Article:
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Hf-based high-k materials for Si nanocrystal floating gate memories.

Khomenkova L, Sahu BS, Slaoui A, Gourbilleau F - Nanoscale Res Lett (2011)

Bottom Line: Pure and Si-rich HfO2 layers fabricated by radio frequency sputtering were utilized as alternative tunnel oxide layers for high-k/Si-nanocrystals-SiO2/SiO2 memory structures.The effect of Si incorporation on the properties of Hf-based tunnel layer was investigated.The capacitance-voltage measurements were performed to study the charge trapping characteristics of these structures.

View Article: PubMed Central - HTML - PubMed

Affiliation: CIMAP, UMR CNRS/CEA/ENSICAEN/UCBN 6252, Ensicaen, 6 Bd Mal Juin, 14050 Caen Cedex 4, France. larysa.khomenkova@ensicaen.fr.

ABSTRACT
Pure and Si-rich HfO2 layers fabricated by radio frequency sputtering were utilized as alternative tunnel oxide layers for high-k/Si-nanocrystals-SiO2/SiO2 memory structures. The effect of Si incorporation on the properties of Hf-based tunnel layer was investigated. The Si-rich SiO2 active layers were used as charge storage layers, and their properties were studied versus deposition conditions and annealing treatment. The capacitance-voltage measurements were performed to study the charge trapping characteristics of these structures. It was shown that with specific deposition conditions and annealing treatment, a large memory window of about 6.8 V is achievable at a sweeping voltage of ± 6 V, indicating the utility of these stack structures for low-operating-voltage nonvolatile memory devices.

No MeSH data available.


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C-V data of single HfSiO layer and HfSiO/SRSO/HfSiO structure measured at different frequencies. Comparison of C-V data for single HfSiO layer (a) and HfSiO/SRSO/HfSiO structure (b) measured at different frequencies. RSi = 12%. Annealing treatment at TA = 950°C, tA = 15 min, N2 flow. Inset of figure (b) demonstrates variation of ΔVfb versus applied frequency at 6 V sweep voltage.
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Figure 3: C-V data of single HfSiO layer and HfSiO/SRSO/HfSiO structure measured at different frequencies. Comparison of C-V data for single HfSiO layer (a) and HfSiO/SRSO/HfSiO structure (b) measured at different frequencies. RSi = 12%. Annealing treatment at TA = 950°C, tA = 15 min, N2 flow. Inset of figure (b) demonstrates variation of ΔVfb versus applied frequency at 6 V sweep voltage.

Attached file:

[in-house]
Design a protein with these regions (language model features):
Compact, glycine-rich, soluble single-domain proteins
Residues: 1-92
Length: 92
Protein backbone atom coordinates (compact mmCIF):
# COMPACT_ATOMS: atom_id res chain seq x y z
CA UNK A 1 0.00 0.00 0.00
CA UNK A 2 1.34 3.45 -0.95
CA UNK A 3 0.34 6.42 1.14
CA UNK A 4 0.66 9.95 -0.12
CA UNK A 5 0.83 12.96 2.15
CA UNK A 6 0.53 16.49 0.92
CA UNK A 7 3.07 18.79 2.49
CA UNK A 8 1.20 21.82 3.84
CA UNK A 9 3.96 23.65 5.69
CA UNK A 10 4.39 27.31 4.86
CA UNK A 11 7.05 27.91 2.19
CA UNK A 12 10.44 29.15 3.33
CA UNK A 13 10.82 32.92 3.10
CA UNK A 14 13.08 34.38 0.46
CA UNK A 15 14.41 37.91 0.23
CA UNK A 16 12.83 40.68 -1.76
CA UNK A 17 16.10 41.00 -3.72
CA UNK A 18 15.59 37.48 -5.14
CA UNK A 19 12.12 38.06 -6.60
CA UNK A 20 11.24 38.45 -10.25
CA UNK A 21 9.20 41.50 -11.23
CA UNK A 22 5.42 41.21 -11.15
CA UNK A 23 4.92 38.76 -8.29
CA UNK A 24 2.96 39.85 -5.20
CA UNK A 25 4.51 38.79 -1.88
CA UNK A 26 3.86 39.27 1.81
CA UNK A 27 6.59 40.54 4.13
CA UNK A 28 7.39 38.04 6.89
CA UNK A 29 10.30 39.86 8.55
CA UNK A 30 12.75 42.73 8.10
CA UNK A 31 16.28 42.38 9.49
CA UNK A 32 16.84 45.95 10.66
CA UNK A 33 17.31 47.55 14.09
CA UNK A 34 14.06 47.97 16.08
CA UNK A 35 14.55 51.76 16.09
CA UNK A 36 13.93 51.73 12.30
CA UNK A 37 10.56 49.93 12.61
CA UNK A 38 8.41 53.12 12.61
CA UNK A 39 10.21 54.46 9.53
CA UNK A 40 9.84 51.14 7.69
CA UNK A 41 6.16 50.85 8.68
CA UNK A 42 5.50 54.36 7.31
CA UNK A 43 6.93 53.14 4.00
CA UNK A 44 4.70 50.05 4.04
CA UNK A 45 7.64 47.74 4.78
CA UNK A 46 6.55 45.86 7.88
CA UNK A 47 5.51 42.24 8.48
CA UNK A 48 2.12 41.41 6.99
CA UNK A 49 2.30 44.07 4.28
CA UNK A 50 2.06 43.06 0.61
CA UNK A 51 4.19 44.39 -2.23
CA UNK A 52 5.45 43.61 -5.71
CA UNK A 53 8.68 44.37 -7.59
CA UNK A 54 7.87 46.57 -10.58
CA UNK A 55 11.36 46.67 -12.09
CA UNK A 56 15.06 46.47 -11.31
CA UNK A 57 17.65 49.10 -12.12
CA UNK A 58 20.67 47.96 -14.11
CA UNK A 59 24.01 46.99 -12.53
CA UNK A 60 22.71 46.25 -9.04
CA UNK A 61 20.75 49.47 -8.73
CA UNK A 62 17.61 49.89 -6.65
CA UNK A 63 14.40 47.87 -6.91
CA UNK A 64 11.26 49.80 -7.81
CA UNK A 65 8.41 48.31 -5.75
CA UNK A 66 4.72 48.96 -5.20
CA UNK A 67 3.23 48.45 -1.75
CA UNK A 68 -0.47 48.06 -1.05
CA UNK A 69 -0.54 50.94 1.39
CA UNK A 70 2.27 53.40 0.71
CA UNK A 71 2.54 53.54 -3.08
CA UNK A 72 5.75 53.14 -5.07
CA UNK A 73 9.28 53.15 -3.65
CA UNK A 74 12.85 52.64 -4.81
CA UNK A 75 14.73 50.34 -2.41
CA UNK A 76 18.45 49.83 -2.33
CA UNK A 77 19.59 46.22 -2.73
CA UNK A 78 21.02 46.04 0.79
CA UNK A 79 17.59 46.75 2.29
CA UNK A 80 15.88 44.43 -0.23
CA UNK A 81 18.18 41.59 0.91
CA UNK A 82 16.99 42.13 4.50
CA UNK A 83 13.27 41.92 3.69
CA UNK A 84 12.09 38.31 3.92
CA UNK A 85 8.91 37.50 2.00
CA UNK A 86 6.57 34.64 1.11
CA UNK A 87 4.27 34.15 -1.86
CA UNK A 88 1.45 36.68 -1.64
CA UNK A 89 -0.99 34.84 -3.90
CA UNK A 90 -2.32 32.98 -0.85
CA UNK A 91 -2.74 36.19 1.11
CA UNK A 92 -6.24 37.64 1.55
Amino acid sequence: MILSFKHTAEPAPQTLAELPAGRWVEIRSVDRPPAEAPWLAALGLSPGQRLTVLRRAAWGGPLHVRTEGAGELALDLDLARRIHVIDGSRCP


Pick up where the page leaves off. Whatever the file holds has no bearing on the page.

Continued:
Mentions: First of all, let us consider electrical properties of HfSiO/SRSO/HfSiO (or SiO2) structures. As it was mentioned above, these structures can be fabricated at higher temperatures since HfSiO layers conserve their amorphous structure at TS = 400°C to 500°C and TA = 950°C. Thus, the annealing was performed at TA = 800°C to 1,100°C for TA = 15 min in nitrogen flow to obtain the information about memory effect caused by Si-ncs. As one can see from the Figure 3a, C-V curves of Al/HfSiO/Si capacitor structures show a sharp transition from accumulation to inversion, indicating a low density of interface states in the samples under study. The MIS structures show negligible hysteresis loop. In contrast, Al/HfSiO/SRSO/HfSiO/p-Si memory structures exhibit significant counterclockwise hysteresis loop, and the memory window (ΔVfb) was estimated to be approximately 1.7 V from flat-band voltage values. The counterclockwise nature of C-V curves is generally attributed to charge storage through substrate injection mechanism. When a positive bias voltage is applied, electrons are being injected from the inversion layer of the Si substrate into the gate dielectric matrix. When a negative voltage is applied, electrons are ejected back into the Si substrate (equivalent to hole injection from the deep accumulation layer of the substrate), resulting in a shift of the C-V curve towards negative voltages. It is interesting to note that the C-V curves of Al/HfSiO/SRSO/HfSiO/p-Si memory structures shift towards more positive bias with decreasing frequency, and the shift is more prominent in the low frequency region. The shift is marked by minimal frequency dispersion in accumulation, capacitance indicating minimal influence of series resistance, and dielectric constant variation with altering the measurement frequency. From the inset of Figure 3b, it is noteworthy that the same amount of hysteresis and stored charge was obtained irrespective of the measurement frequency. Hence, the capacitance shift can be attributed to the presence of fast traps and/or border traps (near-interfacial traps), which can have a rapid communication with the underlying Si substrate [24]. From all these observations, we can ascertain that the observed memory window is predominantly due to the formation of Si-ncs. It should be noted that an annealing at 950°C for 15 min was found to provide the highest ΔVfb value, whereas the increase or decrease of TA results in the essential decrease of ΔVfb. For lower annealing temperatures, this effect can be due to noncompleted phase separation within the SRSO layer. For higher annealing temperatures, complete oxidation of SRSO layer should occur. Besides, the phase separation inside HfSiO layers can occur as it was demonstrated in [25].